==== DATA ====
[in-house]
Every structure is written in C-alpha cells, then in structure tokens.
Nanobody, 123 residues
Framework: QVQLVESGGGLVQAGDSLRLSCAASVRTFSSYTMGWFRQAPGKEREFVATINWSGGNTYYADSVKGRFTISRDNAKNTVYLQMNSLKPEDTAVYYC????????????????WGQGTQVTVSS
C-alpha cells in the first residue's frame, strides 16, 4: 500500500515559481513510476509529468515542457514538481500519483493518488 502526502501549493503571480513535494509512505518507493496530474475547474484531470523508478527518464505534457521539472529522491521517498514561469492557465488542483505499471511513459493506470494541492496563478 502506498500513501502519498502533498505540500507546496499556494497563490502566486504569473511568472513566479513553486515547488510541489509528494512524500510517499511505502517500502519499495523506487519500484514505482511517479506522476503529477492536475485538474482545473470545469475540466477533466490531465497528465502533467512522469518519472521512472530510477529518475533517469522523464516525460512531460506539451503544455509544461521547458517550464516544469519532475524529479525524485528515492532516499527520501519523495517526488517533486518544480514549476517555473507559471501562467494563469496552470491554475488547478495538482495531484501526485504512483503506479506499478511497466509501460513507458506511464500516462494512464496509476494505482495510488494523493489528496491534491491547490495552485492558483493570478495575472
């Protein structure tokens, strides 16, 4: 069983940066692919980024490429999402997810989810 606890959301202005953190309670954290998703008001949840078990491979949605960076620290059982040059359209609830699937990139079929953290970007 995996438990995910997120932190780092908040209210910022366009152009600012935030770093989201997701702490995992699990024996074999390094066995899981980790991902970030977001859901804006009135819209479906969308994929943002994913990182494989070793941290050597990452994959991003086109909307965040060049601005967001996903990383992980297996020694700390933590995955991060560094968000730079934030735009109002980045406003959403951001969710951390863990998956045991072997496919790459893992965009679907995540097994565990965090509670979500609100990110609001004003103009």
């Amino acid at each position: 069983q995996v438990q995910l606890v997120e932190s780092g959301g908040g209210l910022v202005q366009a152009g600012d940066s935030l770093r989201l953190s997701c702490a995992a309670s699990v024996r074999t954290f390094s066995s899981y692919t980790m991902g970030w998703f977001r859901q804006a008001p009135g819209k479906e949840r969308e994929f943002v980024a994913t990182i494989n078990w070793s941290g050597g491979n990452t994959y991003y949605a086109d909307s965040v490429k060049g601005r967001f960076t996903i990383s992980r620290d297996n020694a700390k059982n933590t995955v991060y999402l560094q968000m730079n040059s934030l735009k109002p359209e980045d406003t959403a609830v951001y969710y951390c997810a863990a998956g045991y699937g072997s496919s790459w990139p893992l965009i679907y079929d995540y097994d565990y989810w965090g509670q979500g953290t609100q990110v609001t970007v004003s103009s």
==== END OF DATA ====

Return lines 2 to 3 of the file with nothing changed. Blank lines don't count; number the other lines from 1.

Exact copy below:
Every structure is written in C-alpha cells, then in structure tokens.
Nanobody, 123 residues